THE LOWER 48
Ben Braden and Sarah Parson began writing and singing folk music together in the winter of 2009 in Minneapolis, MN. Within a few months they were playing shows in Minneapolis, Chicago and other Midwestern venues, and before summer they had finished recording their first release, the critically praised EP, Everywhere To Go. Following the release of Everywhere To Go, Ben and Sarah headed west, relocating The Lower 48 to Portland, OR.
Playing regularly on the West Coast, they developed a more mature sound and wrote a host of new songs. In the summer of 2010, Nicholas Sadler, another Minneapolis native relocated to Portland, and joined the band as percussionist. Soon after the Lower 48 began recording their first full-length album. Titled Where All Maps End, this record reveals the band’s collaboration to portray the pain, pleasure and uncertainty of being young and making one’s way in the world. Finding it's strongest influence in music from the 1960’s, Where All Maps End proves The Lower 48 to be a quintessential organic band in the digital age.
City on the Make is a band from South Minneapolis, Minnesota comprised of childhood friends Mischa Keegan (guitar, vocals), Mike Massey (vocals), Stephen Rowe (bass, vocals), and Colin Stumbras (drums). Making music together for years, the band City on the Make emerged onto the Minneapolis scene in 2004.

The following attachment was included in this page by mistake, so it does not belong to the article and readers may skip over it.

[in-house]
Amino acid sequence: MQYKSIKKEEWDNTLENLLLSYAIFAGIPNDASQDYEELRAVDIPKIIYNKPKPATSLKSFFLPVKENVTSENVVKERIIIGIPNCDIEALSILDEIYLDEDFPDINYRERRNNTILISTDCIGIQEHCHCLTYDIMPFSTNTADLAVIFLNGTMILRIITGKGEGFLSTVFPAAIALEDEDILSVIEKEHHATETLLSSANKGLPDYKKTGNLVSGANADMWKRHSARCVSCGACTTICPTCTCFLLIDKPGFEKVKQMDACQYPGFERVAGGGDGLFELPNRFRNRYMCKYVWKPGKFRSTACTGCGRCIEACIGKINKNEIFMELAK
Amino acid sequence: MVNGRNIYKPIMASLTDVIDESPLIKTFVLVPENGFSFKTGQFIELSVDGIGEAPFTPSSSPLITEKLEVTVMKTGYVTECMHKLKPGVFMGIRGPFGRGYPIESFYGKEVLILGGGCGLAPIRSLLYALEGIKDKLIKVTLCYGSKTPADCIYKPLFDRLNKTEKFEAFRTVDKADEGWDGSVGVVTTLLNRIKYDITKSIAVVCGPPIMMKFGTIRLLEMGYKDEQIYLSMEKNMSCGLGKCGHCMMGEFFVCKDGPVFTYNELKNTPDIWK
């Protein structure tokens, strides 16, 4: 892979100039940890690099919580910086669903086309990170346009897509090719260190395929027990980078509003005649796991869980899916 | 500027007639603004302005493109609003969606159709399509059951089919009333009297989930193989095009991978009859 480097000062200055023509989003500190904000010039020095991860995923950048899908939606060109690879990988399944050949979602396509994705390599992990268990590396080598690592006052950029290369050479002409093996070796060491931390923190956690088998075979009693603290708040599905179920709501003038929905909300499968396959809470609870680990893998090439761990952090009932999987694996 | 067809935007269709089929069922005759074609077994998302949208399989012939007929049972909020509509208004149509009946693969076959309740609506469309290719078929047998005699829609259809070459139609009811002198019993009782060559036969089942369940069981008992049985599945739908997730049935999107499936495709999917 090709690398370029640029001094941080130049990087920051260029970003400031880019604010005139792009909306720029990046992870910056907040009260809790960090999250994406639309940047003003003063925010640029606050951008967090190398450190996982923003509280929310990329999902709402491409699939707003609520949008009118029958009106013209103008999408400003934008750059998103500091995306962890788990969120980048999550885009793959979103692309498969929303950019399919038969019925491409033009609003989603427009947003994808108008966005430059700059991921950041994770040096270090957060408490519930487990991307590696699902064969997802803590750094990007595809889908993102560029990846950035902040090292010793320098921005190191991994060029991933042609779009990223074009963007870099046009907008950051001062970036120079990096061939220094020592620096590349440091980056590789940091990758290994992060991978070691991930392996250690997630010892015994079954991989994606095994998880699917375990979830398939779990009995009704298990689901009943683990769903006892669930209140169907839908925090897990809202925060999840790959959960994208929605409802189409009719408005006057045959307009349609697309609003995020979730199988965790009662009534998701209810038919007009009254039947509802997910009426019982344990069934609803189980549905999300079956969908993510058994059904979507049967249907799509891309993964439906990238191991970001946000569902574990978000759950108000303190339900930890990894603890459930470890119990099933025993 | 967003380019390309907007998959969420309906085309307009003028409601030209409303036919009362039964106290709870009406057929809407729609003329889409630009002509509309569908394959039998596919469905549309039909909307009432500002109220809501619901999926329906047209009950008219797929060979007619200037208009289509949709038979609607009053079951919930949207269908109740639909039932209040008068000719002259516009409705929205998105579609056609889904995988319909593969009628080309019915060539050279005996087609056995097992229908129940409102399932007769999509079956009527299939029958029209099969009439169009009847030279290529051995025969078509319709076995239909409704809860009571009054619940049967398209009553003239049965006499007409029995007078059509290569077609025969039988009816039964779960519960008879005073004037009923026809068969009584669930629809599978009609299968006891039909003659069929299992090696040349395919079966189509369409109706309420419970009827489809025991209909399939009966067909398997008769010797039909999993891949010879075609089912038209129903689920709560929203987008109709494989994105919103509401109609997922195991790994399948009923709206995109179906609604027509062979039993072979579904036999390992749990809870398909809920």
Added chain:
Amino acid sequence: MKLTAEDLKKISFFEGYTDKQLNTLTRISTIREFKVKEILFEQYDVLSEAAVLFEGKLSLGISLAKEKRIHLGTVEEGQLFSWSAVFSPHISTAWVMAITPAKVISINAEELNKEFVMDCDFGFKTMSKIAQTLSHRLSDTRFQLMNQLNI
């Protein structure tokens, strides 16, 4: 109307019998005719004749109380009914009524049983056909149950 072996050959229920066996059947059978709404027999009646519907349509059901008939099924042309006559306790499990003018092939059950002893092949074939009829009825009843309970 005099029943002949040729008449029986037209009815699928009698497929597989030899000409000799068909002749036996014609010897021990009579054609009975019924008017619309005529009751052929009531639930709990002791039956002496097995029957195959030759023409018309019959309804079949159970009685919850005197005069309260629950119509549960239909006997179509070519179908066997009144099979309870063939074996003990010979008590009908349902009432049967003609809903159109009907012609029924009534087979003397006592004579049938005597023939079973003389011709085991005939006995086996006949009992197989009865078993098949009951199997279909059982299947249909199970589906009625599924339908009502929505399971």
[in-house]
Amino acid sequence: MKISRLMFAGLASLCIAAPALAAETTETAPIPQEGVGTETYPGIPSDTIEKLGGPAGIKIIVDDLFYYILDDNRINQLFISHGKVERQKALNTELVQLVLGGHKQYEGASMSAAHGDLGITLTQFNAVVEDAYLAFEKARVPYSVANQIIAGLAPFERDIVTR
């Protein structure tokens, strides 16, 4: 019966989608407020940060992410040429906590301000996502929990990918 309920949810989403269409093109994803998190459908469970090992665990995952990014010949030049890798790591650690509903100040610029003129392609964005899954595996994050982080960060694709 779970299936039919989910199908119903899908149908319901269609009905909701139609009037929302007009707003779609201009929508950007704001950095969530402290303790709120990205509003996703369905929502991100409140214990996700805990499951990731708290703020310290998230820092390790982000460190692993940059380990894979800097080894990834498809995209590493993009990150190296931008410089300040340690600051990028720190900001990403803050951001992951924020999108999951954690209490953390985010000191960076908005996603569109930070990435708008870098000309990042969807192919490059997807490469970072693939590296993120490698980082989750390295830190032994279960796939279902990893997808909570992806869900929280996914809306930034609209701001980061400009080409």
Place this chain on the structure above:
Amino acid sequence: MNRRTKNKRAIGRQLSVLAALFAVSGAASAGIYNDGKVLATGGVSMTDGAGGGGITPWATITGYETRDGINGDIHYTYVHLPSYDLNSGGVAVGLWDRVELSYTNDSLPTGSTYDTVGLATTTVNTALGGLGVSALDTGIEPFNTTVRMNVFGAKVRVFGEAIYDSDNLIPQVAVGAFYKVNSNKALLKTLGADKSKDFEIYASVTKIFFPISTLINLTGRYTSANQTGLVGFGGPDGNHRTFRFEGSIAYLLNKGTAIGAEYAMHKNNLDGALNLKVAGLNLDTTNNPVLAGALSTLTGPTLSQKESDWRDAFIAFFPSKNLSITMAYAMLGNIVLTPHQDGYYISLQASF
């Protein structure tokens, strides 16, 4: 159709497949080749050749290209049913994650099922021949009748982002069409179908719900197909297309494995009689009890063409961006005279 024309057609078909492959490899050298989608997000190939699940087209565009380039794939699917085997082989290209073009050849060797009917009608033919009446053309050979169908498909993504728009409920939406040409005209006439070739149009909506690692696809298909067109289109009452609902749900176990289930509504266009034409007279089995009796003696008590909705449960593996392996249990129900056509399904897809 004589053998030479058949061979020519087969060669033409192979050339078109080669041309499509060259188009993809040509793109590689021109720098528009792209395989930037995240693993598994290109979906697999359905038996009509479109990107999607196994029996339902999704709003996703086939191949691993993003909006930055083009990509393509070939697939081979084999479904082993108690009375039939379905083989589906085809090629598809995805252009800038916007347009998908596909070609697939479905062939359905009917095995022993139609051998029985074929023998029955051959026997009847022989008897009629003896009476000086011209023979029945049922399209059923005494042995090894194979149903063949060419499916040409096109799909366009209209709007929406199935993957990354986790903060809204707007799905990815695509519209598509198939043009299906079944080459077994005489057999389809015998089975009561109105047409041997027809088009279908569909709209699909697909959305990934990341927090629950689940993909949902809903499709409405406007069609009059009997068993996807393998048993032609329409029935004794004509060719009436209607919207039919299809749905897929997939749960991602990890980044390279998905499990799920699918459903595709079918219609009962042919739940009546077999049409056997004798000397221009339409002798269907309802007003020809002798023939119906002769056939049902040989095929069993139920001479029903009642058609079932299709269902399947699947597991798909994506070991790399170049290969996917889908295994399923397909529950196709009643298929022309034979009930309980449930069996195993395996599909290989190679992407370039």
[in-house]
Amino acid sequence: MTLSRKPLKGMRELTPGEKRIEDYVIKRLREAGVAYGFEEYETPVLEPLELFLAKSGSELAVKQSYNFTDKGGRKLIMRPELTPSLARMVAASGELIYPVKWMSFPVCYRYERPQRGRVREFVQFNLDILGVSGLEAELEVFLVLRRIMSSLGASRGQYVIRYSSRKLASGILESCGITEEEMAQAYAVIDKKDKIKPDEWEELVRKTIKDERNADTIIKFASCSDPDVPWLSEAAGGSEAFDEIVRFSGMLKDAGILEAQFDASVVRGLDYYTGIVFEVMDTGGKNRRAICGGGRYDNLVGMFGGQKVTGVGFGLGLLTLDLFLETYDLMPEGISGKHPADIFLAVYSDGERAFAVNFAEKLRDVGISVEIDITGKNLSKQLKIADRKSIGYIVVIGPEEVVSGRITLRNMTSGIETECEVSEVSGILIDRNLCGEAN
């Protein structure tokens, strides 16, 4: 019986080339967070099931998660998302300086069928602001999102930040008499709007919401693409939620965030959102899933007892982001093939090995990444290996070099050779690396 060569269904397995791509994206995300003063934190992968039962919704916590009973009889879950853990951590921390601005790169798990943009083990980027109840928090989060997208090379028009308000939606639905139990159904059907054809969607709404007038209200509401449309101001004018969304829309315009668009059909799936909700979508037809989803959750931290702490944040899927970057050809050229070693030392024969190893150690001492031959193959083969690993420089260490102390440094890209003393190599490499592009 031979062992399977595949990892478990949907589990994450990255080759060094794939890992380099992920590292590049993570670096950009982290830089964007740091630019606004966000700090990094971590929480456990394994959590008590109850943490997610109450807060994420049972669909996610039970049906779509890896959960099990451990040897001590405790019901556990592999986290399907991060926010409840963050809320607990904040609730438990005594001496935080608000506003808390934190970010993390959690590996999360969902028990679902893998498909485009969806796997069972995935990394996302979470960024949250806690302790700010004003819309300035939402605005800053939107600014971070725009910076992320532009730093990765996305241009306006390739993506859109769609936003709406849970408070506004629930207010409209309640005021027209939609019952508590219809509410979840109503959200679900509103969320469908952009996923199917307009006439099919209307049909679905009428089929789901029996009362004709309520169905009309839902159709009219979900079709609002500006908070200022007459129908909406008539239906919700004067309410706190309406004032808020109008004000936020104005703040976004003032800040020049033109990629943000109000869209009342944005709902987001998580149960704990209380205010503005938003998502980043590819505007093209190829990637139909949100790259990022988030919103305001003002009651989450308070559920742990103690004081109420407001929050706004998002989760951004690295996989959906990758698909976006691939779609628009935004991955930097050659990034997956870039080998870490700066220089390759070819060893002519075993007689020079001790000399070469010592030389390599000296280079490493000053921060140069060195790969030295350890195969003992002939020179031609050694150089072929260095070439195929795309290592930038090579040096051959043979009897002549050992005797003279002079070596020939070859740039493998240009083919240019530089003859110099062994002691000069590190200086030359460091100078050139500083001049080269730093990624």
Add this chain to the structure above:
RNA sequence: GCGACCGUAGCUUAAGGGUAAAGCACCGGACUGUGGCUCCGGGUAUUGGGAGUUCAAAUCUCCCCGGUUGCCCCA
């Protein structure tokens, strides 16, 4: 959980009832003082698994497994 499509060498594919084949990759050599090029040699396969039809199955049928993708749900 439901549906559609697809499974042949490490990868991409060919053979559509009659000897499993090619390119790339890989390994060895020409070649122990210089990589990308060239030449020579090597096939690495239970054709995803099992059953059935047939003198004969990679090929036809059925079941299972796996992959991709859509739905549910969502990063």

I’ve been waiting for this record to see the light of day after seeing Cjell Cruze’s name on random live bills the past couple of months. It’s a tremendous debut and one that has seemingly appeared out of nowhere. “Train Song” is tinged in lo-fi Americana and there’s harmonies that sound straight out of the rainy Pacific Northwest. It recalls Vashti Bunyan’s song of the same name — they’re much in the same vein, evoking a familiar sense of travel imagery and that all-to-frequent human crossroads condition.